Insurance firms, brokers lambast Reps over alleged N200bn insurance scam

By Abdul  Olalekan

Insurance companies and brokers have lambasted members of the House of Representatives over its accusation that about N200 billion insurance fraud was committed in the process of insuring government assets, noting that the Adhoc Committee set up to investigate the matter gets most of its facts wrong.

The underwriters, who spoke under the auspices of the Nigeria Insurers Association (NIA) at a press briefing in Lagos, noted that the association would have waited for the Committee to conclude its investigation before making its comments but that to date, so much damage has and is still being done to the image of insurance industry by some of the statements credited to the Chairman of the committee.

Speaking on behalf of insurers, the Chairman, NIA, Mr. Eddie Efekoha, said some of the statements made by the committee, which are in their material facts, are inconsistent with known insurance market practice.

Efekoha, who is also the Managing Director, Consolidated Hallmark Insurance Plc, appealed to the Committee to conclude its investigation and where necessary, request for clarification from the regulator, the National Insurance Commission (NAICOM) and market associations before making public statements that are capable of damaging the image of insurance industry.

According to him, “the position of the association is that; there is no N200bn fraud anywhere and the Committee may not have been properly briefed about insurance operations and its workings. The Committee should please desist henceforth from making statements that are capable of creating further damage to the insurance industry.”

The association, he said, is insisting that the committee should engage thoroughly to have a full understanding of insurance transactions before going to the press. 
The association is ready to engage with the leadership of the committee with a view to shedding more lights on the operation of insurance business, he pointed out.

Also, speaking in an interview with Business 247 News Online in Yaba, Lagos, yesterday, the President, Nigerian Council of Registered Insurance Brokers (NCRIB), Mr. Kayode Okunoren, wondered why the committee would say a fraud of N200 billion insurance fraud was committed, when the total premium income is around N300 billion, saying that the committee’s pronouncement has further drenched the image of insurance industry.

“How can you say there is a scam of N200 billion when the total premium income of the industry is N300 billion. I think somebody is just trying to stir things up for their personal gain,” he reasoned.

The leadership of the House set up an Ad-hoc committee led by Honourable Adekunle Akinlade to investigate the multi-billion naira said to have been expended on insurance covers for government properties by Ministries, Departments and Agencies (MDAs).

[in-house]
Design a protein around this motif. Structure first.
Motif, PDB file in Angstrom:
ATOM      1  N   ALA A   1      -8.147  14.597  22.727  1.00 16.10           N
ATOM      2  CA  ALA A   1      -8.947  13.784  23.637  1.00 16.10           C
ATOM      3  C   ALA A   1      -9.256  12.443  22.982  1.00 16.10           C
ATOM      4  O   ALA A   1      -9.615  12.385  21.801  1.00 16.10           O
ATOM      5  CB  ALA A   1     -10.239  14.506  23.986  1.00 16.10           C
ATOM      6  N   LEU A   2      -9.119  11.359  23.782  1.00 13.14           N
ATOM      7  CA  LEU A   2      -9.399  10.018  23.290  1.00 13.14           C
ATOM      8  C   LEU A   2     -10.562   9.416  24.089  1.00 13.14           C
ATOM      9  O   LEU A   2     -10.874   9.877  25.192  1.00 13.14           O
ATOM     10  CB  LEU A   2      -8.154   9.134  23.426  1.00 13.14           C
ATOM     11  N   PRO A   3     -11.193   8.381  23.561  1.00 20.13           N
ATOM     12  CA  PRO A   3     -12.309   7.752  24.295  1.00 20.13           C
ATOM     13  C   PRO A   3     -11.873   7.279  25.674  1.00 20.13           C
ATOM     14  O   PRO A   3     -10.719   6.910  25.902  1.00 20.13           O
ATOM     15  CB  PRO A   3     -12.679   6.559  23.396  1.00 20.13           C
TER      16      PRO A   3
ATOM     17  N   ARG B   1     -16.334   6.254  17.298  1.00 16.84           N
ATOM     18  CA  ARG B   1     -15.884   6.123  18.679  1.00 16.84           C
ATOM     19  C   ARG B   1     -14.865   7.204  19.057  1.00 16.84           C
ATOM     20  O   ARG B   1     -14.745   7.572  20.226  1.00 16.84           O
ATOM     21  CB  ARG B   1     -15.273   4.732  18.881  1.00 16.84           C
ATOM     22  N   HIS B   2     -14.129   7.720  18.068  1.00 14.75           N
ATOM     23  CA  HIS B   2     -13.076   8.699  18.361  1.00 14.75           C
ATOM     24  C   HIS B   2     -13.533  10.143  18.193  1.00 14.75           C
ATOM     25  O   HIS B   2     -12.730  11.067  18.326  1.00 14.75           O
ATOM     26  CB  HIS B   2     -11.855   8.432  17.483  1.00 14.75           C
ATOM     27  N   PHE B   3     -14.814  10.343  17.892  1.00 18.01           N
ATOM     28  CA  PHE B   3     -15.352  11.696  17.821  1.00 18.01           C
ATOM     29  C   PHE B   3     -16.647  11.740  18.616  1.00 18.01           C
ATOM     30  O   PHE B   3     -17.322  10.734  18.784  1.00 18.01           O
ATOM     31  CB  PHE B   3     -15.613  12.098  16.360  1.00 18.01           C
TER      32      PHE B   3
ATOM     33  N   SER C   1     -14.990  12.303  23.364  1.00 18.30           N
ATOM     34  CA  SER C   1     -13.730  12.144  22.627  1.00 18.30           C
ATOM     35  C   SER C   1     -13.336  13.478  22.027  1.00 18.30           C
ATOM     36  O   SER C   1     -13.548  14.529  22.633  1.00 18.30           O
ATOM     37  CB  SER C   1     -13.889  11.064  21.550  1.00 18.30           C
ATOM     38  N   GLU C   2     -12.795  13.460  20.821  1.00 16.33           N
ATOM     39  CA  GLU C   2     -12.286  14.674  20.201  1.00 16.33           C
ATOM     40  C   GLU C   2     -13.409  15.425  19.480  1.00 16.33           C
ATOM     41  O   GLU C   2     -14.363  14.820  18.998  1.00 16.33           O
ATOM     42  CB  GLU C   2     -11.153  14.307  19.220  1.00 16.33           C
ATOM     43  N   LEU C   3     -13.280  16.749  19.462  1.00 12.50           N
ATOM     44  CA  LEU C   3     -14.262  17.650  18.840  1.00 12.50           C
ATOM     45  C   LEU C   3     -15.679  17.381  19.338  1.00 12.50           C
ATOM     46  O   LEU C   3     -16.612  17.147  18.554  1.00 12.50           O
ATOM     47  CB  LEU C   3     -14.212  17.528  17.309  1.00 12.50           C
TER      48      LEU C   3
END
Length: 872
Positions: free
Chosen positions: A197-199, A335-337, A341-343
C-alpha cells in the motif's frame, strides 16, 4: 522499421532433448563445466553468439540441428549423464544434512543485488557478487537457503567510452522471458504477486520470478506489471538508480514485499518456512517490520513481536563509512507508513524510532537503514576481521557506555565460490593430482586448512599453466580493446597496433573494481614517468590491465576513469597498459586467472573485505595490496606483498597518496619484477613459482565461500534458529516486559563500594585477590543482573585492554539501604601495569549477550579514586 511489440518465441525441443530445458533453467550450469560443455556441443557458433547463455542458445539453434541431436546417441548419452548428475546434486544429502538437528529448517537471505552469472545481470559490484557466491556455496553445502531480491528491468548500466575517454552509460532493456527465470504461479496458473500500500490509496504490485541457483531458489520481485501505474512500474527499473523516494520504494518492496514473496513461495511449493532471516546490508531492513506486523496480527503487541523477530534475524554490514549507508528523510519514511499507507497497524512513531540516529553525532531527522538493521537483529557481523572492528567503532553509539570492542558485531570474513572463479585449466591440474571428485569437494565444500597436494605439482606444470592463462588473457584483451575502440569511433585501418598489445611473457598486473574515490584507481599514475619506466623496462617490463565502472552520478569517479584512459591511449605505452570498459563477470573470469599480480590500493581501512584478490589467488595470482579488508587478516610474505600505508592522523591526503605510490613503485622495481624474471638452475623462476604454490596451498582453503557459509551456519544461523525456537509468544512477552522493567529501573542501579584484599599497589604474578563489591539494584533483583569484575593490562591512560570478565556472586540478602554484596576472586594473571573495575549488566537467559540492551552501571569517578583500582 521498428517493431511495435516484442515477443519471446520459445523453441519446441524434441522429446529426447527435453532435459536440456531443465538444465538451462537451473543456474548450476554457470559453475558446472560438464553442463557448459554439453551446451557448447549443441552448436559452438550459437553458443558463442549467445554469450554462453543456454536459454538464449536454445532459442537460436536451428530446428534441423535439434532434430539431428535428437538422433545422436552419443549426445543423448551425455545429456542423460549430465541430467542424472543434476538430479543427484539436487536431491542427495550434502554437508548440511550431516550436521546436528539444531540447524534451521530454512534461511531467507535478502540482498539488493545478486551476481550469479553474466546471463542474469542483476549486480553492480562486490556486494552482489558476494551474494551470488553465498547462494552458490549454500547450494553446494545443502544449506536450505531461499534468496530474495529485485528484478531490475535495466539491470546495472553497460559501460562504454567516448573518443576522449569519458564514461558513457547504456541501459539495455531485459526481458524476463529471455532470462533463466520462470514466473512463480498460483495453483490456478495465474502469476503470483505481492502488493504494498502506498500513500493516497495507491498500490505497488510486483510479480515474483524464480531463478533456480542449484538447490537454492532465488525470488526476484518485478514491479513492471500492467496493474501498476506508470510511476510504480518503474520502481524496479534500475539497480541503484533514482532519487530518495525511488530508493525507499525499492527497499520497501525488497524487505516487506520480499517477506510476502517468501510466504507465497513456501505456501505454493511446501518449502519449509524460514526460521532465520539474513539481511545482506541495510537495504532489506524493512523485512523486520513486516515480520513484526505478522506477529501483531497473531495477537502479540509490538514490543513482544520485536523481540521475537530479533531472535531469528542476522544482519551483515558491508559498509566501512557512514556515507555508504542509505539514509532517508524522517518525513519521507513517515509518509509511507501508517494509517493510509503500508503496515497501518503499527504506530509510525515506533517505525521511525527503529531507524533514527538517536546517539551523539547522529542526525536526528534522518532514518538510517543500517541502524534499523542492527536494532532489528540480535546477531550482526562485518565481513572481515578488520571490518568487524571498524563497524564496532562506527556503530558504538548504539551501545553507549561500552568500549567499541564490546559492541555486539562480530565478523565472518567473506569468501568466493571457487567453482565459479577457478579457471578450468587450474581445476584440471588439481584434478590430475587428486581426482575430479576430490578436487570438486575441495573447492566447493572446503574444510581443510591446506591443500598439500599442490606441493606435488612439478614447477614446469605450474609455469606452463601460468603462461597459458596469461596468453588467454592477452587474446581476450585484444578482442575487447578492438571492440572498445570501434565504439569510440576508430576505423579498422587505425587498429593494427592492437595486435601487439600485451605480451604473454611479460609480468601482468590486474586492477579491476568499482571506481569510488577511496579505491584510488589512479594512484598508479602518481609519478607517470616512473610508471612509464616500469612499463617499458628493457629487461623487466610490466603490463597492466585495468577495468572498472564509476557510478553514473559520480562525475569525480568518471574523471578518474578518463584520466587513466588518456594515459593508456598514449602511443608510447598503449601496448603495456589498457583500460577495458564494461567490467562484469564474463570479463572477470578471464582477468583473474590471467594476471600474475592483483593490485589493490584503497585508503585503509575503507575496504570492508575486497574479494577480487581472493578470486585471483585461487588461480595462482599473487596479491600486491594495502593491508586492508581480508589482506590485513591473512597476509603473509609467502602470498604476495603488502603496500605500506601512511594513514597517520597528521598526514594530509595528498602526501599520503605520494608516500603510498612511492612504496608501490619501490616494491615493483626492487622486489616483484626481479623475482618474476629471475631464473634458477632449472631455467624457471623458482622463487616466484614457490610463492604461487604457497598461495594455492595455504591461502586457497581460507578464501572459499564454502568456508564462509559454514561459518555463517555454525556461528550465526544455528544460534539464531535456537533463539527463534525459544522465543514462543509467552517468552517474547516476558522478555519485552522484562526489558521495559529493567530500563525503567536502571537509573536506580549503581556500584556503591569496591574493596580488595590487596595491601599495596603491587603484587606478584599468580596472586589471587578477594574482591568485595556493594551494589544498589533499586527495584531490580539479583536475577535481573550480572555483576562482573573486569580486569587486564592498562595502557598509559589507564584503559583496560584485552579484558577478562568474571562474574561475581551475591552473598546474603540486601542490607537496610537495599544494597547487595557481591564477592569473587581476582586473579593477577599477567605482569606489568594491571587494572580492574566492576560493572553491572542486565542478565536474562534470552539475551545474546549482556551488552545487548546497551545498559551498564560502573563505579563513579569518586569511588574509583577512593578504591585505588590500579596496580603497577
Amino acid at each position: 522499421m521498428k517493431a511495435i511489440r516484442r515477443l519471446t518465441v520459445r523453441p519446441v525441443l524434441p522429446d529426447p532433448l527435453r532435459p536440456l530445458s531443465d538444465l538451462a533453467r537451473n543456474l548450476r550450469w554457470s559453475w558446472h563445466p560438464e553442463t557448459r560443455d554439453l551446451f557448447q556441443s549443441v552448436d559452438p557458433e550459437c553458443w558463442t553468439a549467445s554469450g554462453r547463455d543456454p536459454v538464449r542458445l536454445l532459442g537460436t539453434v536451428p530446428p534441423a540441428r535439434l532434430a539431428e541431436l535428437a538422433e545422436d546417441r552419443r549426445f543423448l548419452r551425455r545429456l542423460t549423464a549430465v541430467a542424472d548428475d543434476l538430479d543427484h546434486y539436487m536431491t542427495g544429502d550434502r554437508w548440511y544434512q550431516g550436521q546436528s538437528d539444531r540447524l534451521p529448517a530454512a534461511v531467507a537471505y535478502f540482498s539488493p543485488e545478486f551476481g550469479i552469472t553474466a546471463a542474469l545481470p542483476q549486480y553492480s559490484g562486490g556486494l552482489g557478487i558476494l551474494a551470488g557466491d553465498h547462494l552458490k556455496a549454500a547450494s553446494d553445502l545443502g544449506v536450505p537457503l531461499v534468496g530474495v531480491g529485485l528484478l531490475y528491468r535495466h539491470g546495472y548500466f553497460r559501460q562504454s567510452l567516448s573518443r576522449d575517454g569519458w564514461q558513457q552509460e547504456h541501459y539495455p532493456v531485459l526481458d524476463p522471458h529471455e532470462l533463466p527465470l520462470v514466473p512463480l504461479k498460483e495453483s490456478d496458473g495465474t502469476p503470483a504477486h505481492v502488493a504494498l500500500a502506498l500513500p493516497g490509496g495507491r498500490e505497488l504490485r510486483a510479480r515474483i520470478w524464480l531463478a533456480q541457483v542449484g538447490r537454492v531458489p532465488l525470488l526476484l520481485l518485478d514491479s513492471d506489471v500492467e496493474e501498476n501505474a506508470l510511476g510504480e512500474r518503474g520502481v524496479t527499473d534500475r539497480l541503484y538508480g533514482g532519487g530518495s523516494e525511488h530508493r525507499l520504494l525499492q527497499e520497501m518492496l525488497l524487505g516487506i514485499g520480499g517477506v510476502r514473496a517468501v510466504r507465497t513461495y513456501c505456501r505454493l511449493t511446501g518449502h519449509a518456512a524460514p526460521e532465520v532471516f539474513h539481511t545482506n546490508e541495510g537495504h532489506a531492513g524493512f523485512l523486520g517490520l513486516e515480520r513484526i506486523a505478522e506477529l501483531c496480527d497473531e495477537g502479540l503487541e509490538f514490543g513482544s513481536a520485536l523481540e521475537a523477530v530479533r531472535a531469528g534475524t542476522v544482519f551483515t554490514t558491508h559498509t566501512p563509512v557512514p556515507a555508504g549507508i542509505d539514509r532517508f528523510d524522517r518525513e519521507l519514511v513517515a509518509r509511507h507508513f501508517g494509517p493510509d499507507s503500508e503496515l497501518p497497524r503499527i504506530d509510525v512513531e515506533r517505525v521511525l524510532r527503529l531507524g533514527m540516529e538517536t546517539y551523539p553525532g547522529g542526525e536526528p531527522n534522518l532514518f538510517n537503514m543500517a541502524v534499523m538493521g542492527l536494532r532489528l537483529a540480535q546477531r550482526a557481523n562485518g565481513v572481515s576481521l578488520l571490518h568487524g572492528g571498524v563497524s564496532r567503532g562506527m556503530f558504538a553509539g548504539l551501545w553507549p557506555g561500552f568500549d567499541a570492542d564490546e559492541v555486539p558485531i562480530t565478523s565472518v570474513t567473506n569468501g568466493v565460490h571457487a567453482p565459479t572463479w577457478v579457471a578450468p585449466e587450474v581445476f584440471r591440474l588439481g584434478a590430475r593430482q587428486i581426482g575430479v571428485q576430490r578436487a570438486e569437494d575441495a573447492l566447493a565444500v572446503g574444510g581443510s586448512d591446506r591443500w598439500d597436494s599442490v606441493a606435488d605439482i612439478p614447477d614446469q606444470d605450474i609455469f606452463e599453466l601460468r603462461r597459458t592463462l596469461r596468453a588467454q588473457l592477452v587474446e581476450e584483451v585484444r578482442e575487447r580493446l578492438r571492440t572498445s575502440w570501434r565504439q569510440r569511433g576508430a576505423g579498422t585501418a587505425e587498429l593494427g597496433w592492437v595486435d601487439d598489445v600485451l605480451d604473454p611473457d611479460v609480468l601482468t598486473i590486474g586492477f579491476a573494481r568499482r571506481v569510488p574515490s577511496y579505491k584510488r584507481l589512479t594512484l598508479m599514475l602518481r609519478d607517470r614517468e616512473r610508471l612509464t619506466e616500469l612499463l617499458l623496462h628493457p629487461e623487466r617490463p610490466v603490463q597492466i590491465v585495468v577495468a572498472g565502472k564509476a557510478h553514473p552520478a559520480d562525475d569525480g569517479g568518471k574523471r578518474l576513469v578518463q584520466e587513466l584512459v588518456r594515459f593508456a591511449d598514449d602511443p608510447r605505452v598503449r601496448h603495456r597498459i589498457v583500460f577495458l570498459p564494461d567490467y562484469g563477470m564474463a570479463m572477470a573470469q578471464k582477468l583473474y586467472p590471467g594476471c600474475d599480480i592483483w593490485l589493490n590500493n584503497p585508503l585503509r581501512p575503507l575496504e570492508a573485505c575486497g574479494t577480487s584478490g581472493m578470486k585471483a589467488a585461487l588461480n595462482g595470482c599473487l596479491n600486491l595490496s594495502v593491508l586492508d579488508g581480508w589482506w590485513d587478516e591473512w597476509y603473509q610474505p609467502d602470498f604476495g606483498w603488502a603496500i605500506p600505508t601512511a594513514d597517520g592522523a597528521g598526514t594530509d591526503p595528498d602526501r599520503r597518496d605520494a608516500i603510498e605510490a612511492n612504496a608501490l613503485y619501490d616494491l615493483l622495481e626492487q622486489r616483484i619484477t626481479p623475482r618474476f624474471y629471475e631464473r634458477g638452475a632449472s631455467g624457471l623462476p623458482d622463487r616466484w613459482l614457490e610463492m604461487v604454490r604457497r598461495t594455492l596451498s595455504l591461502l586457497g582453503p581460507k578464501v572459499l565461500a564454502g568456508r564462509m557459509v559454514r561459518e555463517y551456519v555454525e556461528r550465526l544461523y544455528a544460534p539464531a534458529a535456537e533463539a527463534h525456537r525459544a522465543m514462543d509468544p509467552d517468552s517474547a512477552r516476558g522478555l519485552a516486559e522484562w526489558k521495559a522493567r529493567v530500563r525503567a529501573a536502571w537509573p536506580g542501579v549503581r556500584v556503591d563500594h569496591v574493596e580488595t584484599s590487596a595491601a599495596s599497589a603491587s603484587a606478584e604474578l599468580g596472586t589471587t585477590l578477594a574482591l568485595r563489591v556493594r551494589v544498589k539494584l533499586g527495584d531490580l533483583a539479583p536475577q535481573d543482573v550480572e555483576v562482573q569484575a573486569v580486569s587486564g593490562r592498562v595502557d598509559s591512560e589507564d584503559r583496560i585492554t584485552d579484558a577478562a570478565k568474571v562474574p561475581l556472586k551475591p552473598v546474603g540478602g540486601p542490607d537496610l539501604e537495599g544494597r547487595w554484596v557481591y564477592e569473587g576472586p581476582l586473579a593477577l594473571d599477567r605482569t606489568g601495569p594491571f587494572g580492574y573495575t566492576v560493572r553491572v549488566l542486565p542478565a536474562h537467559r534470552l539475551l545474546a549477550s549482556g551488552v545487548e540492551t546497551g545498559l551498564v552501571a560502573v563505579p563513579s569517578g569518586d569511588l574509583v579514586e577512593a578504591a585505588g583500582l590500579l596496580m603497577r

The resolution of the House was sequel to a motion under matters of urgent public importance moved by Hon. Ossy Prestige, asking the House to compel the Head of Service of the Federation and other statutory government establishments that purchase direct insurance covers to provide detailed data that would cover premiums paid on group life and related government assets.

He alleged that for every N10 billion paid as insurance premium by government, N5 billion was returned to corrupt government officials.

According to him, “Although the processes are presumably carried out in line with the Public Procurement Act, it is generally believed that some companies are unduly favoured during such bid. The unduly favoured companies reciprocate by engaging in a fraudulent practice termed Return on Premium.”

Speaking further, he said, “a percentage as much as 50 of the premium paid by government is returned to government officials as cash payback, thus creating the biggest recurring fraud in the public sector.

“To best appreciate the magnitude of fraud being perpetrated, for every N10 billion paid as insurance premium by government, N5billion is returned to corrupt government officials,” the lawmaker stated.

Settling for the main business, the adhoc committee grilled the Managing Director of Standard Alliance Insurance, Mr Bode Akinboye. The committee, while questioning the Standard Alliance boss, frowned at the document presented before it saying that they were bellow of expected standard. Particularly, the committee was not comfortable with the figures presented by the company’s Managing Director, to the extent that at a point, it questioned the N625,000 invoiced as gross premium on a vehicle worth N12.5 million insured by a Federal Medical Centre.

The committee also queried another N30 million worth insurance done by the company for Ministry of Works where it was paid N900,000 as against the N150,075 premium due to it, leaving a difference of N749,000. At a point, Akinboye admitted that there were typographical errors in the document he presented before the committee. He, however, maintained that the company applied the standard practice in insurance business for its dealings.

Another company, Regency Alliance Insurance Plc, represented by its Executive Director, Business Development, Sammy Olaniyi and the Executive Director, Operations, Mr Akin Adelakun, was equally faced with conflicting figures in their presentation.

At this point, the committee asked the companies to produce documents related to their insurance dealing with the Federal Government as well as the detail of individuals that was paid the brokerage fees and the list of brokerage firms that enjoyed the brokerage fees.